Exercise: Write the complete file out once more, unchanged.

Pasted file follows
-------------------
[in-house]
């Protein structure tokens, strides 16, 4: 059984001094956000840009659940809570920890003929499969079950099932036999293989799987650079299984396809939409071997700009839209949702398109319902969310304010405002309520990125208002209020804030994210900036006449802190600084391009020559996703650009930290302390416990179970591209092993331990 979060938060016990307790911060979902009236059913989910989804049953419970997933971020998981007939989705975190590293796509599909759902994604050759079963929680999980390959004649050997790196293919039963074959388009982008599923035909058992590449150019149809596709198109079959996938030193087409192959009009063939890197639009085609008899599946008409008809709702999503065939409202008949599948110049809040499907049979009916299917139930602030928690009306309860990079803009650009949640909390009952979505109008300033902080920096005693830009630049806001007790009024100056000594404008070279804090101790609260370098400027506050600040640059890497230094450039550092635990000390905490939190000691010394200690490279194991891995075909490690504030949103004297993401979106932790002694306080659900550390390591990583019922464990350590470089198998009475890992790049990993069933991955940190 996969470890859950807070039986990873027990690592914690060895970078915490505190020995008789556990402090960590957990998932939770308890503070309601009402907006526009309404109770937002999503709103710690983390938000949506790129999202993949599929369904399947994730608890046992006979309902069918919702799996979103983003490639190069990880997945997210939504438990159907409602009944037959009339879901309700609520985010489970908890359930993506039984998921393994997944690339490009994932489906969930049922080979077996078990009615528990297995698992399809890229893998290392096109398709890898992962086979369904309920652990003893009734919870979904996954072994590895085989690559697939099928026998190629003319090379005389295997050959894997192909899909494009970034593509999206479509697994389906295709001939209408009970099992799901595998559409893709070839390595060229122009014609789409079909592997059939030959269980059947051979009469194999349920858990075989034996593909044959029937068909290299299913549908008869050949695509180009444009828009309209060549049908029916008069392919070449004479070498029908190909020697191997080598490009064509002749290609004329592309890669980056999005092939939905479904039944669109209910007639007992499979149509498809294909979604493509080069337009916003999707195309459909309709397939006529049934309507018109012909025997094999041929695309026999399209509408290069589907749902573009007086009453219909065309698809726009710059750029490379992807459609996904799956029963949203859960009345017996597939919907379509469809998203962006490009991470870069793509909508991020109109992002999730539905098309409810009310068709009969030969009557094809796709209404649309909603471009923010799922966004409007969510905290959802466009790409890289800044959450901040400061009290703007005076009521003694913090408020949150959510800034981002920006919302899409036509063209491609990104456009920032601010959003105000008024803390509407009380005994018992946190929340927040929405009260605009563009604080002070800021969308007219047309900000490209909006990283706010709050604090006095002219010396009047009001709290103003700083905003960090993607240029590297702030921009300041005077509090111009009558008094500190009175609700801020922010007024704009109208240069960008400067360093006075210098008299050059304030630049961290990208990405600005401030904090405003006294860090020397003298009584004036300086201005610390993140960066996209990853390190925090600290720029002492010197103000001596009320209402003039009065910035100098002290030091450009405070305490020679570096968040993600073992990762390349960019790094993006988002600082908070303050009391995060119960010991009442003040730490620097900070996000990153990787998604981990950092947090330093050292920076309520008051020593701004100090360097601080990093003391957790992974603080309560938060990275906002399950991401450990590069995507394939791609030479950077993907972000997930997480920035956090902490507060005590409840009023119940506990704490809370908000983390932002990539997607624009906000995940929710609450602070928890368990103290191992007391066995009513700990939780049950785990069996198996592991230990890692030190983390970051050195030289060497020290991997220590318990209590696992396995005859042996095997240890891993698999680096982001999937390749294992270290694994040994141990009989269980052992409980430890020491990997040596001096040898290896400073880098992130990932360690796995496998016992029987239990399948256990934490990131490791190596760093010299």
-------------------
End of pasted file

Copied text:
[in-house]
């Protein structure tokens, strides 16, 4: 059984001094956000840009659940809570920890003929499969079950099932036999293989799987650079299984396809939409071997700009839209949702398109319902969310304010405002309520990125208002209020804030994210900036006449802190600084391009020559996703650009930290302390416990179970591209092993331990 979060938060016990307790911060979902009236059913989910989804049953419970997933971020998981007939989705975190590293796509599909759902994604050759079963929680999980390959004649050997790196293919039963074959388009982008599923035909058992590449150019149809596709198109079959996938030193087409192959009009063939890197639009085609008899599946008409008809709702999503065939409202008949599948110049809040499907049979009916299917139930602030928690009306309860990079803009650009949640909390009952979505109008300033902080920096005693830009630049806001007790009024100056000594404008070279804090101790609260370098400027506050600040640059890497230094450039550092635990000390905490939190000691010394200690490279194991891995075909490690504030949103004297993401979106932790002694306080659900550390390591990583019922464990350590470089198998009475890992790049990993069933991955940190 996969470890859950807070039986990873027990690592914690060895970078915490505190020995008789556990402090960590957990998932939770308890503070309601009402907006526009309404109770937002999503709103710690983390938000949506790129999202993949599929369904399947994730608890046992006979309902069918919702799996979103983003490639190069990880997945997210939504438990159907409602009944037959009339879901309700609520985010489970908890359930993506039984998921393994997944690339490009994932489906969930049922080979077996078990009615528990297995698992399809890229893998290392096109398709890898992962086979369904309920652990003893009734919870979904996954072994590895085989690559697939099928026998190629003319090379005389295997050959894997192909899909494009970034593509999206479509697994389906295709001939209408009970099992799901595998559409893709070839390595060229122009014609789409079909592997059939030959269980059947051979009469194999349920858990075989034996593909044959029937068909290299299913549908008869050949695509180009444009828009309209060549049908029916008069392919070449004479070498029908190909020697191997080598490009064509002749290609004329592309890669980056999005092939939905479904039944669109209910007639007992499979149509498809294909979604493509080069337009916003999707195309459909309709397939006529049934309507018109012909025997094999041929695309026999399209509408290069589907749902573009007086009453219909065309698809726009710059750029490379992807459609996904799956029963949203859960009345017996597939919907379509469809998203962006490009991470870069793509909508991020109109992002999730539905098309409810009310068709009969030969009557094809796709209404649309909603471009923010799922966004409007969510905290959802466009790409890289800044959450901040400061009290703007005076009521003694913090408020949150959510800034981002920006919302899409036509063209491609990104456009920032601010959003105000008024803390509407009380005994018992946190929340927040929405009260605009563009604080002070800021969308007219047309900000490209909006990283706010709050604090006095002219010396009047009001709290103003700083905003960090993607240029590297702030921009300041005077509090111009009558008094500190009175609700801020922010007024704009109208240069960008400067360093006075210098008299050059304030630049961290990208990405600005401030904090405003006294860090020397003298009584004036300086201005610390993140960066996209990853390190925090600290720029002492010197103000001596009320209402003039009065910035100098002290030091450009405070305490020679570096968040993600073992990762390349960019790094993006988002600082908070303050009391995060119960010991009442003040730490620097900070996000990153990787998604981990950092947090330093050292920076309520008051020593701004100090360097601080990093003391957790992974603080309560938060990275906002399950991401450990590069995507394939791609030479950077993907972000997930997480920035956090902490507060005590409840009023119940506990704490809370908000983390932002990539997607624009906000995940929710609450602070928890368990103290191992007391066995009513700990939780049950785990069996198996592991230990890692030190983390970051050195030289060497020290991997220590318990209590696992396995005859042996095997240890891993698999680096982001999937390749294992270290694994040994141990009989269980052992409980430890020491990997040596001096040898290896400073880098992130990932360690796995496998016992029987239990399948256990934490990131490791190596760093010299």